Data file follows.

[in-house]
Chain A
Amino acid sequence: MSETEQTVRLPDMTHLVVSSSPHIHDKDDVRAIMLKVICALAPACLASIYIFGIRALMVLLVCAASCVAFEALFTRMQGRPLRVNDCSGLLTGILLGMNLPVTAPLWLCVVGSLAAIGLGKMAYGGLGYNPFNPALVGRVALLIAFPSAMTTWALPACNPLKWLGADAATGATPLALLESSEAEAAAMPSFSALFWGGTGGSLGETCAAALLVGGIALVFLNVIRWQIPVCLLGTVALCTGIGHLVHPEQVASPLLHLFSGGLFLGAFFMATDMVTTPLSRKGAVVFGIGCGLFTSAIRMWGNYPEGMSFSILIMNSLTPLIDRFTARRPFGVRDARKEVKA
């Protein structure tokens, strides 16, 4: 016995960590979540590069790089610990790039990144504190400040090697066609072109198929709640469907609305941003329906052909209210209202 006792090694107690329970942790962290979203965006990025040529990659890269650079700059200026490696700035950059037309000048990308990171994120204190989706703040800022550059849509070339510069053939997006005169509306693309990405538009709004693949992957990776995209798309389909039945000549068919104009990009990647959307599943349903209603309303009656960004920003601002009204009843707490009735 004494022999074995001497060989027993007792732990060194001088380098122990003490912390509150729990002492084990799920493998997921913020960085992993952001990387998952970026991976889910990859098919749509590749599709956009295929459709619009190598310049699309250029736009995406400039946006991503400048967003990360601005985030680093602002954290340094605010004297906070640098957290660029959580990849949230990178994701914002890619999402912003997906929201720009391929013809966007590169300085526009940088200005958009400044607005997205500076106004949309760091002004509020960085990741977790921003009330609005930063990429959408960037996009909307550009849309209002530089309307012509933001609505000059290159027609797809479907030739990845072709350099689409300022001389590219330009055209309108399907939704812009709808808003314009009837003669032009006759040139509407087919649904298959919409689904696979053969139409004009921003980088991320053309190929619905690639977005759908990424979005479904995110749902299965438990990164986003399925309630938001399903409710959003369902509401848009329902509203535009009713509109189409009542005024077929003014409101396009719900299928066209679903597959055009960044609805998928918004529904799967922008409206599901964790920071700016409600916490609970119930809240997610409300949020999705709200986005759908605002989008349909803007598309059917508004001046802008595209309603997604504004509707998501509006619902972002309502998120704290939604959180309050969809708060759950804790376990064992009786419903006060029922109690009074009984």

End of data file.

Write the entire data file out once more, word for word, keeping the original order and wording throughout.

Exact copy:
[in-house]
Chain A
Amino acid sequence: MSETEQTVRLPDMTHLVVSSSPHIHDKDDVRAIMLKVICALAPACLASIYIFGIRALMVLLVCAASCVAFEALFTRMQGRPLRVNDCSGLLTGILLGMNLPVTAPLWLCVVGSLAAIGLGKMAYGGLGYNPFNPALVGRVALLIAFPSAMTTWALPACNPLKWLGADAATGATPLALLESSEAEAAAMPSFSALFWGGTGGSLGETCAAALLVGGIALVFLNVIRWQIPVCLLGTVALCTGIGHLVHPEQVASPLLHLFSGGLFLGAFFMATDMVTTPLSRKGAVVFGIGCGLFTSAIRMWGNYPEGMSFSILIMNSLTPLIDRFTARRPFGVRDARKEVKA
């Protein structure tokens, strides 16, 4: 016995960590979540590069790089610990790039990144504190400040090697066609072109198929709640469907609305941003329906052909209210209202 006792090694107690329970942790962290979203965006990025040529990659890269650079700059200026490696700035950059037309000048990308990171994120204190989706703040800022550059849509070339510069053939997006005169509306693309990405538009709004693949992957990776995209798309389909039945000549068919104009990009990647959307599943349903209603309303009656960004920003601002009204009843707490009735 004494022999074995001497060989027993007792732990060194001088380098122990003490912390509150729990002492084990799920493998997921913020960085992993952001990387998952970026991976889910990859098919749509590749599709956009295929459709619009190598310049699309250029736009995406400039946006991503400048967003990360601005985030680093602002954290340094605010004297906070640098957290660029959580990849949230990178994701914002890619999402912003997906929201720009391929013809966007590169300085526009940088200005958009400044607005997205500076106004949309760091002004509020960085990741977790921003009330609005930063990429959408960037996009909307550009849309209002530089309307012509933001609505000059290159027609797809479907030739990845072709350099689409300022001389590219330009055209309108399907939704812009709808808003314009009837003669032009006759040139509407087919649904298959919409689904696979053969139409004009921003980088991320053309190929619905690639977005759908990424979005479904995110749902299965438990990164986003399925309630938001399903409710959003369902509401848009329902509203535009009713509109189409009542005024077929003014409101396009719900299928066209679903597959055009960044609805998928918004529904799967922008409206599901964790920071700016409600916490609970119930809240997610409300949020999705709200986005759908605002989008349909803007598309059917508004001046802008595209309603997604504004509707998501509006619902972002309502998120704290939604959180309050969809708060759950804790376990064992009786419903006060029922109690009074009984």